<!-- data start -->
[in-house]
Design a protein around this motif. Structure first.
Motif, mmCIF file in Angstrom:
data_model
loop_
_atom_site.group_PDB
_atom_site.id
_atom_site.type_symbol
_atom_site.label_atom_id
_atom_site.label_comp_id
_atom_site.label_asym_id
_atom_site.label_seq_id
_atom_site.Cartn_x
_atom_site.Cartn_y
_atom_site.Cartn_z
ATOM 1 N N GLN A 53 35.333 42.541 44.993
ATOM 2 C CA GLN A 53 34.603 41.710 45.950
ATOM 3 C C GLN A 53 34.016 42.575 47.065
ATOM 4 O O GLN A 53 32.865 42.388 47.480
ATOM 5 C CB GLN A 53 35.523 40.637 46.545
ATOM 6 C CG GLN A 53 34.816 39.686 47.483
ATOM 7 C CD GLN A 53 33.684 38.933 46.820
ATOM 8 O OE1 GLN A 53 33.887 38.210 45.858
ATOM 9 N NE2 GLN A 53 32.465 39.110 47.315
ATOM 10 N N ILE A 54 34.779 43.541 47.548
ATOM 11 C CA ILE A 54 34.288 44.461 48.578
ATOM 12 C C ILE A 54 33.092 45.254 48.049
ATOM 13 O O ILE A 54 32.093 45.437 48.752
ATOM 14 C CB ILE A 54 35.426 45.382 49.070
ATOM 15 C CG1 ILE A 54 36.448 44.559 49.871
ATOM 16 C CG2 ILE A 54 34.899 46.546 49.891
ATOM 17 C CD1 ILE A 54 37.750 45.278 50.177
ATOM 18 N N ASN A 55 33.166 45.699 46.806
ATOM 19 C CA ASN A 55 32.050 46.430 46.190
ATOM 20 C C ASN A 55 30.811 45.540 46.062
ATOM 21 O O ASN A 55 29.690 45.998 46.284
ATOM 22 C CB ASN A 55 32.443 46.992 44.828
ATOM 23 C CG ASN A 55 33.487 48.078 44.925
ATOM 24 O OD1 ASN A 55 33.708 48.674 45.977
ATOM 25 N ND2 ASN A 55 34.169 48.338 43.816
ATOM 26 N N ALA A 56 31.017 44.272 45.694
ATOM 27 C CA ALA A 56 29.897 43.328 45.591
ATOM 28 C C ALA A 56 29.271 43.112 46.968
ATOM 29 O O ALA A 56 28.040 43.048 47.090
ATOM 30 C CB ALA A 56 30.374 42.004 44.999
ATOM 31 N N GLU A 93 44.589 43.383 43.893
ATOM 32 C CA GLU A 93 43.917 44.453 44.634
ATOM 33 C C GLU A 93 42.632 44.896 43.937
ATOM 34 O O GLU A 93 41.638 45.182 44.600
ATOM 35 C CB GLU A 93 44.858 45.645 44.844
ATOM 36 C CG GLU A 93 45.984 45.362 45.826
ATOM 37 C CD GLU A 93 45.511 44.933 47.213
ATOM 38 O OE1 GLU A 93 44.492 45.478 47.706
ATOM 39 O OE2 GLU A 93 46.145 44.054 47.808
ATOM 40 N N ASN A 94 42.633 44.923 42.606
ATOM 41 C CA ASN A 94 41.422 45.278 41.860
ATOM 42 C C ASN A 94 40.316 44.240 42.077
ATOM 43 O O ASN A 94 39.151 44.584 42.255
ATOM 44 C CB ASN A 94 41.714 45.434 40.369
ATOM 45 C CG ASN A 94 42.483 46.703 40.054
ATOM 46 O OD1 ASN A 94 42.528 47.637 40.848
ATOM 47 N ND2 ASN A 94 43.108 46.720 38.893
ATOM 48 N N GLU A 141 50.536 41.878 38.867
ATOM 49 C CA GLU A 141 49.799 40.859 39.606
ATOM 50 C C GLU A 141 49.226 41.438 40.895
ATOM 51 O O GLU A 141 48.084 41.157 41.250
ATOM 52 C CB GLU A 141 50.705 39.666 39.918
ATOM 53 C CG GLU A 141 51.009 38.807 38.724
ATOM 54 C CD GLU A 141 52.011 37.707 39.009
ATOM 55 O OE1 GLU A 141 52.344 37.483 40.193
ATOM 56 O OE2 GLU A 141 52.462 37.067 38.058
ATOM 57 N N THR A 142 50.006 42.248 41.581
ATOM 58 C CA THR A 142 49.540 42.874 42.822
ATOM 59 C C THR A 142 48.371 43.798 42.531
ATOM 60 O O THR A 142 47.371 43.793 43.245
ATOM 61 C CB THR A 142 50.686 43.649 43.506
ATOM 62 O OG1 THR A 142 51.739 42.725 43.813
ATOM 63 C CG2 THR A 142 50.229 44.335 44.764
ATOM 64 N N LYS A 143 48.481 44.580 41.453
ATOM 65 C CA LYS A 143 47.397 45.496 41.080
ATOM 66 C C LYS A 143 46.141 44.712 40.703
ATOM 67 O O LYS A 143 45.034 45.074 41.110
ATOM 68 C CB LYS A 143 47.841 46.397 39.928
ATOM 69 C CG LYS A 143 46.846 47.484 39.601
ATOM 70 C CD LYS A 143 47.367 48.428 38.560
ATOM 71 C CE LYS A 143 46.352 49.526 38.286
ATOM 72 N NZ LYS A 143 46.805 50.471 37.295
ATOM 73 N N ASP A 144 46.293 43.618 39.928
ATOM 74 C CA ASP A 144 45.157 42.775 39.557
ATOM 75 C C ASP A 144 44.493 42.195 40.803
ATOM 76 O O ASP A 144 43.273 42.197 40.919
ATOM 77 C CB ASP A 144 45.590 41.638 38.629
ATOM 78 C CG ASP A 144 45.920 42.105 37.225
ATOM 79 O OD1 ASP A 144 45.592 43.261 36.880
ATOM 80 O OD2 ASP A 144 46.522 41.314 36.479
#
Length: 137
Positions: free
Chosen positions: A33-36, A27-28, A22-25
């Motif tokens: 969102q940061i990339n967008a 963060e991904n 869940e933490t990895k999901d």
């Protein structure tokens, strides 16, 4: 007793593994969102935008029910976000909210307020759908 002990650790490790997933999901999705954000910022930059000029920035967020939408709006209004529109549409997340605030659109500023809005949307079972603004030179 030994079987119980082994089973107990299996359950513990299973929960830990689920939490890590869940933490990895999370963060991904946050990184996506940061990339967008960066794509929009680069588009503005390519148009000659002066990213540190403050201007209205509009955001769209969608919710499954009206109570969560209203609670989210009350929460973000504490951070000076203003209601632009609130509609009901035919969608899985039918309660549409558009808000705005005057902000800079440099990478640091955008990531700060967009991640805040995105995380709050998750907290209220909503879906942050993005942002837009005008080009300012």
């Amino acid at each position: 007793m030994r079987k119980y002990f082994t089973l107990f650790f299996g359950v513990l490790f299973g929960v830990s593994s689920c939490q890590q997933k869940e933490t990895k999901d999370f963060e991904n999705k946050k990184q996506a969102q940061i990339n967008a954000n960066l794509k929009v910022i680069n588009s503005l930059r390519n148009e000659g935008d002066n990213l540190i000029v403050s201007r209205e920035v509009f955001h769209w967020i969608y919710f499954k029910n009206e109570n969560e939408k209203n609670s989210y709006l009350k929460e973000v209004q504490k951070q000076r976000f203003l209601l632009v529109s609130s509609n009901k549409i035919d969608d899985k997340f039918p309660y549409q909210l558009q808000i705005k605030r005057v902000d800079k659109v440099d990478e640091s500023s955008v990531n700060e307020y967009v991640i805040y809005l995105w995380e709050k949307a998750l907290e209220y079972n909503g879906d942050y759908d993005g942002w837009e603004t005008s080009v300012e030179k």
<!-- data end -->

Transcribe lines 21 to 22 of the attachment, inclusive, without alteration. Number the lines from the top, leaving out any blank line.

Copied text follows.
ATOM 6 C CG GLN A 53 34.816 39.686 47.483
ATOM 7 C CD GLN A 53 33.684 38.933 46.820